Feds designate critical habitat for narrow-headed garter snake in Arizona
PHOENIX — The U.S. Fish and Wildlife Service on Friday designated critical habitat in Arizona to help protect the narrow-headed garter snake.
Approximately 23,785 acres are being designated across Greenlee, Apache, Yavapai, Gila and Coconino counties plus parts of New Mexico, according to a press release.
The narrow-headed garter snake was deemed threatened under the Endangered Species Act in 2014.
This is primarily due to non-native predators introduced to the area like warm water sportfish, according to the release.
Drought and large-scale wildfires have also hurt the population which relies on aquatic areas to survive.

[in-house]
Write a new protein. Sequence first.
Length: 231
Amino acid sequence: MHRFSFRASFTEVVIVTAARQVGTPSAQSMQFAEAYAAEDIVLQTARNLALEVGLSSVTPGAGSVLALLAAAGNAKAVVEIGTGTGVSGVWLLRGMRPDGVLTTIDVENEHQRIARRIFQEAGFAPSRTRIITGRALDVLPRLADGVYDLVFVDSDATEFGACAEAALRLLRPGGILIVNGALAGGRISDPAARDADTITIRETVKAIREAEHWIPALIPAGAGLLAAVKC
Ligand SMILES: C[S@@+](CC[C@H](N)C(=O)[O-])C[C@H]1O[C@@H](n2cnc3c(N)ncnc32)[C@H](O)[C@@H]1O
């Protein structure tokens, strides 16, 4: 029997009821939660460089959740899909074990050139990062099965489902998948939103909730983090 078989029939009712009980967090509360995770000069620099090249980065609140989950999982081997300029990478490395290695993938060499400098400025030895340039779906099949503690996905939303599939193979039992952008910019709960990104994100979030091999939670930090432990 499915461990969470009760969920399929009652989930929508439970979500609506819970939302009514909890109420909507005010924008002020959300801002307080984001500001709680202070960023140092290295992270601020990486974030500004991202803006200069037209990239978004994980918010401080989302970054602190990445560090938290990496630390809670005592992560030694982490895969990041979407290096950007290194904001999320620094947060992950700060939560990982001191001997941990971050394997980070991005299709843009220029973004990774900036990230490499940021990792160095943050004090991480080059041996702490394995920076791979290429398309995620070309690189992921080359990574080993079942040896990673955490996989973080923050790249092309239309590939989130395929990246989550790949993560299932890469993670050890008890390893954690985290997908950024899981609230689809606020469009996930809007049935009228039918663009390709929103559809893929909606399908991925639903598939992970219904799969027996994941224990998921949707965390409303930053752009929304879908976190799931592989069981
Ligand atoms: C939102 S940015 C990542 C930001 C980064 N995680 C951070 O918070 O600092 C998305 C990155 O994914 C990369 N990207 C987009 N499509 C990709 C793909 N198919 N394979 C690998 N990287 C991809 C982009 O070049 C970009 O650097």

Critical habitat designations do not establish preserves or prevent development on private land.
They identify areas that are vital to the conservation of a species then regulate federal agencies and activities to prevent adverse modifications to that habitat, according to USFWS.
Private projects will not be affected unless they require federal funding.
The USFWS will work with Arizona Game and Fish Department to address the snake’s threats and act to conserve the species, according to the release.